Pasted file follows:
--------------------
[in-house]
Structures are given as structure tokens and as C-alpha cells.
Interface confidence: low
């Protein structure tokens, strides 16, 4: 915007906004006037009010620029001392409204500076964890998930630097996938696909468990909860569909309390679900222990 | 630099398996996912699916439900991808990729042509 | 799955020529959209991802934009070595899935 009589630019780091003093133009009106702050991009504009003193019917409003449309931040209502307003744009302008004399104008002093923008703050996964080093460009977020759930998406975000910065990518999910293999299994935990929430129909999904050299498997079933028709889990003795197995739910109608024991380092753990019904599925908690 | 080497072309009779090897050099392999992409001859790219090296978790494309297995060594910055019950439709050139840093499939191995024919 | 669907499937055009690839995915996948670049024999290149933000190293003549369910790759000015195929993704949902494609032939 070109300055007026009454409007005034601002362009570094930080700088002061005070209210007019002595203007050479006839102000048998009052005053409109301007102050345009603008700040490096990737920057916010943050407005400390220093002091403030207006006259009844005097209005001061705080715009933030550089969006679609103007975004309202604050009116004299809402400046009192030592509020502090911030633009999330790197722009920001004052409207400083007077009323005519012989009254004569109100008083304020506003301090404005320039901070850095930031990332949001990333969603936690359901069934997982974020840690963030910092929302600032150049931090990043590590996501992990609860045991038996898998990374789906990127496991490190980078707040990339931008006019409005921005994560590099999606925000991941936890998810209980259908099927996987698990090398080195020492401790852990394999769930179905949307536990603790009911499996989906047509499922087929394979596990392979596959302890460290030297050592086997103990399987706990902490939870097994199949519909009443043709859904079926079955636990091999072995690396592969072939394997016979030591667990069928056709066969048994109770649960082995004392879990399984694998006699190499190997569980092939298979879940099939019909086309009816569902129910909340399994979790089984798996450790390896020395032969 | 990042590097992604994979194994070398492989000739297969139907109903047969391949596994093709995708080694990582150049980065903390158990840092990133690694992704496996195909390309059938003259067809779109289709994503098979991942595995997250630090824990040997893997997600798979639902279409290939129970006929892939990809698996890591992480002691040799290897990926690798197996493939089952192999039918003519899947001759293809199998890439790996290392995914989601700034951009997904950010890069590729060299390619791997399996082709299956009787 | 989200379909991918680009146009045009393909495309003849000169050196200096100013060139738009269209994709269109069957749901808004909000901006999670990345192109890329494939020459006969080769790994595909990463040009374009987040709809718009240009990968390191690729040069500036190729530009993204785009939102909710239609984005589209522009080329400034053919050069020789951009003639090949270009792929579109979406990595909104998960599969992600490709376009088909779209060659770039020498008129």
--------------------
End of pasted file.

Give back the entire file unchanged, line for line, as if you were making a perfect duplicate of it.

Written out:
[in-house]
Structures are given as structure tokens and as C-alpha cells.
Interface confidence: low
């Protein structure tokens, strides 16, 4: 915007906004006037009010620029001392409204500076964890998930630097996938696909468990909860569909309390679900222990 | 630099398996996912699916439900991808990729042509 | 799955020529959209991802934009070595899935 009589630019780091003093133009009106702050991009504009003193019917409003449309931040209502307003744009302008004399104008002093923008703050996964080093460009977020759930998406975000910065990518999910293999299994935990929430129909999904050299498997079933028709889990003795197995739910109608024991380092753990019904599925908690 | 080497072309009779090897050099392999992409001859790219090296978790494309297995060594910055019950439709050139840093499939191995024919 | 669907499937055009690839995915996948670049024999290149933000190293003549369910790759000015195929993704949902494609032939 070109300055007026009454409007005034601002362009570094930080700088002061005070209210007019002595203007050479006839102000048998009052005053409109301007102050345009603008700040490096990737920057916010943050407005400390220093002091403030207006006259009844005097209005001061705080715009933030550089969006679609103007975004309202604050009116004299809402400046009192030592509020502090911030633009999330790197722009920001004052409207400083007077009323005519012989009254004569109100008083304020506003301090404005320039901070850095930031990332949001990333969603936690359901069934997982974020840690963030910092929302600032150049931090990043590590996501992990609860045991038996898998990374789906990127496991490190980078707040990339931008006019409005921005994560590099999606925000991941936890998810209980259908099927996987698990090398080195020492401790852990394999769930179905949307536990603790009911499996989906047509499922087929394979596990392979596959302890460290030297050592086997103990399987706990902490939870097994199949519909009443043709859904079926079955636990091999072995690396592969072939394997016979030591667990069928056709066969048994109770649960082995004392879990399984694998006699190499190997569980092939298979879940099939019909086309009816569902129910909340399994979790089984798996450790390896020395032969 | 990042590097992604994979194994070398492989000739297969139907109903047969391949596994093709995708080694990582150049980065903390158990840092990133690694992704496996195909390309059938003259067809779109289709994503098979991942595995997250630090824990040997893997997600798979639902279409290939129970006929892939990809698996890591992480002691040799290897990926690798197996493939089952192999039918003519899947001759293809199998890439790996290392995914989601700034951009997904950010890069590729060299390619791997399996082709299956009787 | 989200379909991918680009146009045009393909495309003849000169050196200096100013060139738009269209994709269109069957749901808004909000901006999670990345192109890329494939020459006969080769790994595909990463040009374009987040709809718009240009990968390191690729040069500036190729530009993204785009939102909710239609984005589209522009080329400034053919050069020789951009003639090949270009792929579109979406990595909104998960599969992600490709376009088909779209060659770039020498008129």